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Chapter 5: Life at Home
Well, if you thought that school life for me sucked, wait til you see what home life is like. I mean, if I ever get there.
My bus driver just kicked me off the bus for trying to give that football player a piece of what he deserved. Now I’m walking home. Sucks for me.
I am walking on Wooded Pine Lane, a couple streets over from where I live, when I see my science partner sitting on one of the porches. Her head is in her hands.
I walk up to the house.
“Abigail?” I call softly.
She jerks her head up and gives a wobbly smile. “Daniel; hi.”
I join her on her porch swing and rub her back. “I heard you got checked out early. What for?”
“The mess in the cafeteria. Weren’t you there?”
“Oh yes, now I remember. How are you doing?”
Tears are flowing down her face. She looks up at me. “Good…considering the fact that my dad had to back to work and I forgot my key to get in the house and my great-aunt isn’t home to let me in and this has been the most humiliating day of my life.”
“Oh, wait, throughout the year, it’ll get worse.” She wipes at her eyes. “Ever since I lost my mom in kindergarten—I…” she trails off and covers her face again.
I don’t know what to say. At least both of my parents are still alive and are together, even if only for me.
“I hate to leave, but if I don’t get home soon, it’s gonna be rough for me.”
“It’s ok. You can go. I survived all the past times without anyone to comfort me.” She smiles, and I realize that even in her state, she was trying to joke.
“I’ll see you tomorrow, at 3?”
“Oh yeah,” she said. “Tomorrow at 3.” She waves as I head back down her drive and along the sidewalk a couple streets down.
Regretfully, I arrive at 4957 N. Douglas Fir Parkway sooner than I wanted to. I trudge up my front steps and rap on the door.
“Come in, it’s unlocked.” My mother’s musical voice calls out.
I enter to the smell of brownies. I smile, the stress of the day melting right off me. “Hey Mom. Guess what?”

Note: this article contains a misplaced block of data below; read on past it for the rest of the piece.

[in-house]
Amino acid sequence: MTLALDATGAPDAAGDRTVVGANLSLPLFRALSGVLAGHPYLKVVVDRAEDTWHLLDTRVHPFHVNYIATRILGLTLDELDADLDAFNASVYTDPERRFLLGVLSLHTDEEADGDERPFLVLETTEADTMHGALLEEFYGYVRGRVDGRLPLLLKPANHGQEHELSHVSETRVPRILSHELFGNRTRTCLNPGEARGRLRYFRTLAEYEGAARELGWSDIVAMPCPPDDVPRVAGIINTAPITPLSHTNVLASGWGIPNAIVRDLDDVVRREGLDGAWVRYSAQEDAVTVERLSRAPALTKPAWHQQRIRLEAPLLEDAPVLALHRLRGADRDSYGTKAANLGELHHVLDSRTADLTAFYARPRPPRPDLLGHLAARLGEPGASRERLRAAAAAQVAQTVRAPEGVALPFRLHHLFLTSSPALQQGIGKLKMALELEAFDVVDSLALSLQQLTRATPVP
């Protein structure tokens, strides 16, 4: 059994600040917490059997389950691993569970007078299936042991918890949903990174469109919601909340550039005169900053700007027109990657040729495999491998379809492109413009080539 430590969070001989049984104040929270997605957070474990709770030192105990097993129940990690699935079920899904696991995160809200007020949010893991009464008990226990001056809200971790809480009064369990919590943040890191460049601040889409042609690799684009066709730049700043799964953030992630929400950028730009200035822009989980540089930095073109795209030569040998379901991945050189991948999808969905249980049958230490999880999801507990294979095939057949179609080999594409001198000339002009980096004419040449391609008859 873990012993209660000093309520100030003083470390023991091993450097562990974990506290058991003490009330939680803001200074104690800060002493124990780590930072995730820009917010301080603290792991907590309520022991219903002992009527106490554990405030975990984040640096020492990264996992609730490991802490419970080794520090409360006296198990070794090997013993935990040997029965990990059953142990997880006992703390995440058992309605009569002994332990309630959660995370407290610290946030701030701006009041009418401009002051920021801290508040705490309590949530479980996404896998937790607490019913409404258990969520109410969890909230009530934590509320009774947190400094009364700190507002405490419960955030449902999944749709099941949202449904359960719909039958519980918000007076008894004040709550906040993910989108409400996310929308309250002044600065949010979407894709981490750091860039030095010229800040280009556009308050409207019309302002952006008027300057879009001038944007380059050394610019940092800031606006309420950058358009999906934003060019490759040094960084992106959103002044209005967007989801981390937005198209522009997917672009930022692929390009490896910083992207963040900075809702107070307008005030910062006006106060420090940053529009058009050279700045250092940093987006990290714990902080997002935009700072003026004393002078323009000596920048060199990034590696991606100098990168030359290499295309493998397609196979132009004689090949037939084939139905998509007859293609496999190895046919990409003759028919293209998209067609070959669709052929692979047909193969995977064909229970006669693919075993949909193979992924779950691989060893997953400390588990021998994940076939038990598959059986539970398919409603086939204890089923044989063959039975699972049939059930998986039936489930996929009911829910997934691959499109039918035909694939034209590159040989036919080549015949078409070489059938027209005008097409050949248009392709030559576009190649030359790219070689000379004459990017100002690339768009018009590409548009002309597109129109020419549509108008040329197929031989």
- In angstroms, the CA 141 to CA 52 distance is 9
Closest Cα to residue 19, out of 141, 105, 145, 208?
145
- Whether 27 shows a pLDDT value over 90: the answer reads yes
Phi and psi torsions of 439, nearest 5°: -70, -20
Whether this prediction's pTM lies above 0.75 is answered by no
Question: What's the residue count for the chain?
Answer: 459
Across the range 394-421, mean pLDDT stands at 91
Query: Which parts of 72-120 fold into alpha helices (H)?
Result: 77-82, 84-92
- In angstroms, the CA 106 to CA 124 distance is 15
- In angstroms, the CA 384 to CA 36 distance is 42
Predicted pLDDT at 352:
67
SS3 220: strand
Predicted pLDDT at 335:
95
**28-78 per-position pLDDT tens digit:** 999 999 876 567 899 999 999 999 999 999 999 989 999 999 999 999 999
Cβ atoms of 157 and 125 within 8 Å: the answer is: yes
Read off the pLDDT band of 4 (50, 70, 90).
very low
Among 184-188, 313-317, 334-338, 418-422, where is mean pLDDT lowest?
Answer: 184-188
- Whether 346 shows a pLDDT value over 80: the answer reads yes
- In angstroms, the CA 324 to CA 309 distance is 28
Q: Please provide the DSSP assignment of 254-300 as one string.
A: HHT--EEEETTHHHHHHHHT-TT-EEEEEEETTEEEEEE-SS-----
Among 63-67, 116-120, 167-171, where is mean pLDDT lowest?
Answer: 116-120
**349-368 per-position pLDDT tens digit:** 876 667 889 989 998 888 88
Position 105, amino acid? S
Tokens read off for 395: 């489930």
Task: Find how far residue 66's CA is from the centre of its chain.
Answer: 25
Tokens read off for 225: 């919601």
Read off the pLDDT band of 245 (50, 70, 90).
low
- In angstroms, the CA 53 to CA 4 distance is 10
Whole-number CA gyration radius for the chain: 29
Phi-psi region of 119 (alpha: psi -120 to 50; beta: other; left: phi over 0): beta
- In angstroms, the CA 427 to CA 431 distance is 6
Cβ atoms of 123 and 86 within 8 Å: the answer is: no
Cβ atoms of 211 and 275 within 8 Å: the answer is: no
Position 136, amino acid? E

“What, sweetie?” Mom turns around, her apron spattered with flour.
“We have this da—I mean, uh, freakin’ science project that we gotta work on with a partner. It’s something about biology…I think my partner and I are going to do our project in an area of botany.”
“Who’s your partner, Daniel?”
I look down at my ragged fingernails caked with dirt. I scrape some dirt out and look back at Mom.
“Daniel? Come on, is it a girl?”
“Is it a girl?” I burst out. “Yeah, this is about as girl as it gets without being cheerleader. I mean, she’s lived here all her life and everyone hates her, especially the cheerleaders and football players, but I mean, even the nerds don’t like her. She has absolutely no friends. And today, there was this complete disaster in the cafeteria that was aimed at her—” My voice trails off. “Anyway, her name is Abigail Chadwick…”
“Oh, the daughter of Dr. Herbert Chadwick? Her father is really nice. He’s the prosecuting attorney in town and is apparently pretty successful.” I cock an eyebrow at my mom, and she clears her throat. “But, continue.”
“She herself is very shy and dresses kinda old-fashioned. She has brown hair, gray eyes, and God, she’s the skinniest girl I’ve ever seen. And Mom, her skin is so pale…it’s like she doesn’t even go out in the sunlight!”
My mom smiles. “Well, maybe, you’ll be her first friend. I can imagine, that after this length of time, she’s desperate for a friend.”
“Yeah,” I lean back in the kitchen chair, causing it to squeak, “She did have this dullness in her eyes that kinda said that she had given up on even trying to have friends because she thought it hopeless.”
“Daniel? Did her eyes ‘kinda say it’ or did they ‘say it’?” My mom looks at me with a calm fierceness.
I sigh. “They said it.”
“She needs you as a friend. Be a friend to her.” She turns back around to face her cooking again.
I quickly change the subject. “Where’s Dad?”
She stops, then turns slowly around. “I don’t know…I think he went out to a bar or a billiard house…”
It’s strange, my parents. My mom is the sweetest person I know, and my dad is such a jerk. How did they ever fall in love with each other?
The back door bangs open and my dad stumbles through it. From where I’m seated, I can smell the liquor on his breath.
“What’s for supper, Rachel?” He slurs, clapping me on the back as he passes.
“Chicken lasagna.” She pecks him on the cheek.
Well. Maybe tonight will be an exception to the ‘my life sucks’ rule.